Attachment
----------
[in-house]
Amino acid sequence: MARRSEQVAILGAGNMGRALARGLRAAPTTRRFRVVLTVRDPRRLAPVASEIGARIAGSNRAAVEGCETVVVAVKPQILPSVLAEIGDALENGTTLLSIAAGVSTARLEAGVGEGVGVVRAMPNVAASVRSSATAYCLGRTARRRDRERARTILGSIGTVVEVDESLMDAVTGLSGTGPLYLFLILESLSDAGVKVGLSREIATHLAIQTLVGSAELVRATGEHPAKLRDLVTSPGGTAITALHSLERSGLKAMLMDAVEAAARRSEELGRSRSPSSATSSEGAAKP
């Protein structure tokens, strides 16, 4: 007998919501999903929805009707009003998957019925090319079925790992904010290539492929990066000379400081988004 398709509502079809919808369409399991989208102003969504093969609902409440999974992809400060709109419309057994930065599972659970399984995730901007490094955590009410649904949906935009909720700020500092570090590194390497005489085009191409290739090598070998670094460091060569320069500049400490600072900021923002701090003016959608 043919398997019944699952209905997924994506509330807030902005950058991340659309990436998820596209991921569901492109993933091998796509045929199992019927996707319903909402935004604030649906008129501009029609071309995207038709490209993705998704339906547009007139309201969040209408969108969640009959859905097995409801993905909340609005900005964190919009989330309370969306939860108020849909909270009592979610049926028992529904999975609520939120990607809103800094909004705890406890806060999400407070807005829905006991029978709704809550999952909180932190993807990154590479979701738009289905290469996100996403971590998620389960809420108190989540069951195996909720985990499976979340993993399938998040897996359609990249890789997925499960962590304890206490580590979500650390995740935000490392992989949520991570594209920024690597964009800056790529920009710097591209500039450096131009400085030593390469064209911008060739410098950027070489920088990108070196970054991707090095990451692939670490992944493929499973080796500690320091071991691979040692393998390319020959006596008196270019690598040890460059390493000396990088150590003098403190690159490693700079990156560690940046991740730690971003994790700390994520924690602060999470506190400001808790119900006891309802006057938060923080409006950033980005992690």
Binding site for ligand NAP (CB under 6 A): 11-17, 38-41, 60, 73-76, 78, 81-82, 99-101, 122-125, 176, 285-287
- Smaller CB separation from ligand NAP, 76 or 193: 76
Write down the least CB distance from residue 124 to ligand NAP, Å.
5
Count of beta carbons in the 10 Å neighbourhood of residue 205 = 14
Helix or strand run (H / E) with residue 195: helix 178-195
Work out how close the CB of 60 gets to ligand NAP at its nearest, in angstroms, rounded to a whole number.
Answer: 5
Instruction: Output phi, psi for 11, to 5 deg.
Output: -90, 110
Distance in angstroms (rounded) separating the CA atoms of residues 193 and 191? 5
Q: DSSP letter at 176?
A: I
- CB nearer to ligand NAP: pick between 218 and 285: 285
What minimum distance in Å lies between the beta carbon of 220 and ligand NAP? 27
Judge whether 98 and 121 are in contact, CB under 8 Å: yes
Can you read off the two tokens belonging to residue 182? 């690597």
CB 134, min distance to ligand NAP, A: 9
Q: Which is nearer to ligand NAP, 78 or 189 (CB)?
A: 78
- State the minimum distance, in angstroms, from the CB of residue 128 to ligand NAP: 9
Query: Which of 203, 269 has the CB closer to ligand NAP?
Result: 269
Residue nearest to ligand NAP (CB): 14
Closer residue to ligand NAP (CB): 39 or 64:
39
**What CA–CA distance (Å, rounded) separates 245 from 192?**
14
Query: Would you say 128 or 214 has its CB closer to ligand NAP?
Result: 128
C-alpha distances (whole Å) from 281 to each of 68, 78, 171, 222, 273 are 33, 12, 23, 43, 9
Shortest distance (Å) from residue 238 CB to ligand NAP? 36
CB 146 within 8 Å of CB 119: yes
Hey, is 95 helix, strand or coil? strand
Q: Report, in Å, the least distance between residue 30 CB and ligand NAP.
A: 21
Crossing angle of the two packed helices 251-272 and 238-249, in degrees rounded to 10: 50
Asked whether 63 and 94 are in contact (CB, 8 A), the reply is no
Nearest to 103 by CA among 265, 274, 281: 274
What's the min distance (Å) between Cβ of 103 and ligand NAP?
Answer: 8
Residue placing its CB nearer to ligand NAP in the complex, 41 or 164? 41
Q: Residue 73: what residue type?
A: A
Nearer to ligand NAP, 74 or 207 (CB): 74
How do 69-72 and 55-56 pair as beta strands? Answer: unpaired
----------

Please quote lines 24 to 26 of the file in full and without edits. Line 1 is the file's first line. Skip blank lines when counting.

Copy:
- State the minimum distance, in angstroms, from the CB of residue 128 to ligand NAP: 9
Query: Which of 203, 269 has the CB closer to ligand NAP?
Result: 269